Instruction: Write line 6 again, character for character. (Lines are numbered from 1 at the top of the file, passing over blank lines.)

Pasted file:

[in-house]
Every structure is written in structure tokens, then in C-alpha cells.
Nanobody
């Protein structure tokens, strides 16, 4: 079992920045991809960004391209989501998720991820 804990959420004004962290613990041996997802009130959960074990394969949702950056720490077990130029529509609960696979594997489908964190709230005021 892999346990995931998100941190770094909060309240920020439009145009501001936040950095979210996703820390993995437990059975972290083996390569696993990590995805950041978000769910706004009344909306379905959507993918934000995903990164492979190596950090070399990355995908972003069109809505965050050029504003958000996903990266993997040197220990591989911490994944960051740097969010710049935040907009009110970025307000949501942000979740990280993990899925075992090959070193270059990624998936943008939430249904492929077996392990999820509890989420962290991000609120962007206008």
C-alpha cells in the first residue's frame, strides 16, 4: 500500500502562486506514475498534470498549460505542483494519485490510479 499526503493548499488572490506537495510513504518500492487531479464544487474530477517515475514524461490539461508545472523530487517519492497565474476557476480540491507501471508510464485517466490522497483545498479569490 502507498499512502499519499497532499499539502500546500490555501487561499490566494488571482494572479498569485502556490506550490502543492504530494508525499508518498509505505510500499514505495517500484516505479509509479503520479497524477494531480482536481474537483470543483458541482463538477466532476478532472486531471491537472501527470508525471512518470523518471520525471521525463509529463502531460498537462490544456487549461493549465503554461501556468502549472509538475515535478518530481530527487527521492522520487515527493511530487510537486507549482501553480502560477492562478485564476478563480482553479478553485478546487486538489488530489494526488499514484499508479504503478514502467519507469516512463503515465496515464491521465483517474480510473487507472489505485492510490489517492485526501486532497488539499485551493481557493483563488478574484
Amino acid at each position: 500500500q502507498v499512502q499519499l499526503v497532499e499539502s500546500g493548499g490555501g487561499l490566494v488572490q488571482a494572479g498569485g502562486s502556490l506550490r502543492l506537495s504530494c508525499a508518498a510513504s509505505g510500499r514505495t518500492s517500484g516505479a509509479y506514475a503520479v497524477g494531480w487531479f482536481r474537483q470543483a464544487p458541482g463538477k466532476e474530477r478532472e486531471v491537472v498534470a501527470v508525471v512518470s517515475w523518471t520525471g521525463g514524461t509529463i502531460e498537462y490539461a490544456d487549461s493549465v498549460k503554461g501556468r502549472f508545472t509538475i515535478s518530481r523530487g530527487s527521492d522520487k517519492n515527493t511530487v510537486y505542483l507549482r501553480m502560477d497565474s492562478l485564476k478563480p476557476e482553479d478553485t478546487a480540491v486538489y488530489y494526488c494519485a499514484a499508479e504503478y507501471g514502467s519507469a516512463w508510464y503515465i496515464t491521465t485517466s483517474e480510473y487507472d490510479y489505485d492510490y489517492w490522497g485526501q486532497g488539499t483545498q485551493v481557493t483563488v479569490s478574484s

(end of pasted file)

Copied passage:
Amino acid at each position: 500500500q502507498v499512502q499519499l499526503v497532499e499539502s500546500g493548499g490555501g487561499l490566494v488572490q488571482a494572479g498569485g502562486s502556490l506550490r502543492l506537495s504530494c508525499a508518498a510513504s509505505g510500499r514505495t518500492s517500484g516505479a509509479y506514475a503520479v497524477g494531480w487531479f482536481r474537483q470543483a464544487p458541482g463538477k466532476e474530477r478532472e486531471v491537472v498534470a501527470v508525471v512518470s517515475w523518471t520525471g521525463g514524461t509529463i502531460e498537462y490539461a490544456d487549461s493549465v498549460k503554461g501556468r502549472f508545472t509538475i515535478s518530481r523530487g530527487s527521492d522520487k517519492n515527493t511530487v510537486y505542483l507549482r501553480m502560477d497565474s492562478l485564476k478563480p476557476e482553479d478553485t478546487a480540491v486538489y488530489y494526488c494519485a499514484a499508479e504503478y507501471g514502467s519507469a516512463w508510464y503515465i496515464t491521465t485517466s483517474e480510473y487507472d490510479y489505485d492510490y489517492w490522497g485526501q486532497g488539499t483545498q485551493v481557493t483563488v479569490s478574484s